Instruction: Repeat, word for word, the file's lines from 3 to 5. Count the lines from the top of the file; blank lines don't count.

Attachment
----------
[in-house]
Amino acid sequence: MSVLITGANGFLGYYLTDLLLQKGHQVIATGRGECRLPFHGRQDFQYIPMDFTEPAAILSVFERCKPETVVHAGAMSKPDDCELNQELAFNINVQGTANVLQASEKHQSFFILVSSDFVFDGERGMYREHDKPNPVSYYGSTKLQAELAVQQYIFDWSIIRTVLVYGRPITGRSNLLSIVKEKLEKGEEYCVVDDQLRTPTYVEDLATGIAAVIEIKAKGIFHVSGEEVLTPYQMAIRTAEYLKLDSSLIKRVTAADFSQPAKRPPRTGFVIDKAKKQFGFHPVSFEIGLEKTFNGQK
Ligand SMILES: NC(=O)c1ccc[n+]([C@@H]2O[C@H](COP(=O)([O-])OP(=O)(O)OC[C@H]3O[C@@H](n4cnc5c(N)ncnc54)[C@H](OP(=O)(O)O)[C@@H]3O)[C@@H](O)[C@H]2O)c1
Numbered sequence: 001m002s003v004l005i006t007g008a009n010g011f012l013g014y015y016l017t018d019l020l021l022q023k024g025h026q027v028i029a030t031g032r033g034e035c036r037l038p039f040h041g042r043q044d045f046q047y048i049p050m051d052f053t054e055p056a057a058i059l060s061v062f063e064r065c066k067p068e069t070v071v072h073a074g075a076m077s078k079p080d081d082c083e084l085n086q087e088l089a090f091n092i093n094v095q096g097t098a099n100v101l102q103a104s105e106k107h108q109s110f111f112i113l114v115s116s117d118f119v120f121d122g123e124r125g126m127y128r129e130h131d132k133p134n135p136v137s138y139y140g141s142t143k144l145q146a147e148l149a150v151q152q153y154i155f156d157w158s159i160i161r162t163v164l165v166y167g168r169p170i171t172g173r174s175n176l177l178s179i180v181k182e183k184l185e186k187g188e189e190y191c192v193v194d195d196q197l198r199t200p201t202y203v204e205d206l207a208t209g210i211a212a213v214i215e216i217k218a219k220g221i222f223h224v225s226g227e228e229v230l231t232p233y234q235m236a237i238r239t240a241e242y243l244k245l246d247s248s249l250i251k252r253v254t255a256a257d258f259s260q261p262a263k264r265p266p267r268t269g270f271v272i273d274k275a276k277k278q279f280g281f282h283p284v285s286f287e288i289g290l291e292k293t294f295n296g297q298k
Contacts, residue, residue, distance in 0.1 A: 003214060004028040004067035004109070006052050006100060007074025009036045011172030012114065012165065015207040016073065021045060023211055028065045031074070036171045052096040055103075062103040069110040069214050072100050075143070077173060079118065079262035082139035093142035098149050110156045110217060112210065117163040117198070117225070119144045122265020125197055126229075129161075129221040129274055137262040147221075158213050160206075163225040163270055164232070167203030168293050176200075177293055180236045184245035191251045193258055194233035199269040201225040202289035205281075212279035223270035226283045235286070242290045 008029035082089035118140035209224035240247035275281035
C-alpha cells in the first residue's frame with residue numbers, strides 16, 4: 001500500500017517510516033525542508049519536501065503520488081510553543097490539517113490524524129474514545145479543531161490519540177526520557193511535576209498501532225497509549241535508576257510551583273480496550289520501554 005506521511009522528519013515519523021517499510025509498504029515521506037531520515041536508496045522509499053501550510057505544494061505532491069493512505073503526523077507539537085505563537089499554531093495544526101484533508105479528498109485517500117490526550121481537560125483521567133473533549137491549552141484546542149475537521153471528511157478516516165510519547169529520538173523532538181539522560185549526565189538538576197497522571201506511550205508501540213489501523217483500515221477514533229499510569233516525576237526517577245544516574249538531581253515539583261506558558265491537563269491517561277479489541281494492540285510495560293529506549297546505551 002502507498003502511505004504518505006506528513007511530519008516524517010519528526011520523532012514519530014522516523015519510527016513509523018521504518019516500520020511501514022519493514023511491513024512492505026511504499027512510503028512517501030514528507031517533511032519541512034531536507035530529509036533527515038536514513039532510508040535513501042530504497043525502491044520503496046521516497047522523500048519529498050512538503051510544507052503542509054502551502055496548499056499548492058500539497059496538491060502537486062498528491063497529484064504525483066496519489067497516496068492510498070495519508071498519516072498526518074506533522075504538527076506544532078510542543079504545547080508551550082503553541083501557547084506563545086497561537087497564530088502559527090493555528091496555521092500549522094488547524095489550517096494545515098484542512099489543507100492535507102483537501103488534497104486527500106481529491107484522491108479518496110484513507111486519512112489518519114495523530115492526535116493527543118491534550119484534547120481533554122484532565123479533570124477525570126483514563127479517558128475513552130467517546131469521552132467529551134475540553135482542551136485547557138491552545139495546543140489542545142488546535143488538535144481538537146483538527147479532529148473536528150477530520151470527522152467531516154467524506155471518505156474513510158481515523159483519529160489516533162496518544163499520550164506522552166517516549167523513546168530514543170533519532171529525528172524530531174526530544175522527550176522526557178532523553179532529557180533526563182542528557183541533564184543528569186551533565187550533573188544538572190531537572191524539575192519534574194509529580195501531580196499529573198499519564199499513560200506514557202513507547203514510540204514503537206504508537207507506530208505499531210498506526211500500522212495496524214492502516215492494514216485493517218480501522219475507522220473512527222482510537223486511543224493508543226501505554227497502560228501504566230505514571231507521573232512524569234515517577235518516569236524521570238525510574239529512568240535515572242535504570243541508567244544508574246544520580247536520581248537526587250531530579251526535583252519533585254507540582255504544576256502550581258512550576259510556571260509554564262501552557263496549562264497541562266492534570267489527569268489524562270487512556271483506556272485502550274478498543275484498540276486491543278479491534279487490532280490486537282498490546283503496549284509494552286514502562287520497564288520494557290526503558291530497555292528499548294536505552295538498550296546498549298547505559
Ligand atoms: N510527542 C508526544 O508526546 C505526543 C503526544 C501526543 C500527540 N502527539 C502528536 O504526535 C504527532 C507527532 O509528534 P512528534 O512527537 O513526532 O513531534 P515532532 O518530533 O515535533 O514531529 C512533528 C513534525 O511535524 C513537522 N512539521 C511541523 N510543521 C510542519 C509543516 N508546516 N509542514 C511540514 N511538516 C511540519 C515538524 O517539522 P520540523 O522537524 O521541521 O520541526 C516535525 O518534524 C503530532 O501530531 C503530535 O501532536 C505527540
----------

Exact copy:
Ligand SMILES: NC(=O)c1ccc[n+]([C@@H]2O[C@H](COP(=O)([O-])OP(=O)(O)OC[C@H]3O[C@@H](n4cnc5c(N)ncnc54)[C@H](OP(=O)(O)O)[C@@H]3O)[C@@H](O)[C@H]2O)c1
Numbered sequence: 001m002s003v004l005i006t007g008a009n010g011f012l013g014y015y016l017t018d019l020l021l022q023k024g025h026q027v028i029a030t031g032r033g034e035c036r037l038p039f040h041g042r043q044d045f046q047y048i049p050m051d052f053t054e055p056a057a058i059l060s061v062f063e064r065c066k067p068e069t070v071v072h073a074g075a076m077s078k079p080d081d082c083e084l085n086q087e088l089a090f091n092i093n094v095q096g097t098a099n100v101l102q103a104s105e106k107h108q109s110f111f112i113l114v115s116s117d118f119v120f121d122g123e124r125g126m127y128r129e130h131d132k133p134n135p136v137s138y139y140g141s142t143k144l145q146a147e148l149a150v151q152q153y154i155f156d157w158s159i160i161r162t163v164l165v166y167g168r169p170i171t172g173r174s175n176l177l178s179i180v181k182e183k184l185e186k187g188e189e190y191c192v193v194d195d196q197l198r199t200p201t202y203v204e205d206l207a208t209g210i211a212a213v214i215e216i217k218a219k220g221i222f223h224v225s226g227e228e229v230l231t232p233y234q235m236a237i238r239t240a241e242y243l244k245l246d247s248s249l250i251k252r253v254t255a256a257d258f259s260q261p262a263k264r265p266p267r268t269g270f271v272i273d274k275a276k277k278q279f280g281f282h283p284v285s286f287e288i289g290l291e292k293t294f295n296g297q298k
Contacts, residue, residue, distance in 0.1 A: 003214060004028040004067035004109070006052050006100060007074025009036045011172030012114065012165065015207040016073065021045060023211055028065045031074070036171045052096040055103075062103040069110040069214050072100050075143070077173060079118065079262035082139035093142035098149050110156045110217060112210065117163040117198070117225070119144045122265020125197055126229075129161075129221040129274055137262040147221075158213050160206075163225040163270055164232070167203030168293050176200075177293055180236045184245035191251045193258055194233035199269040201225040202289035205281075212279035223270035226283045235286070242290045 008029035082089035118140035209224035240247035275281035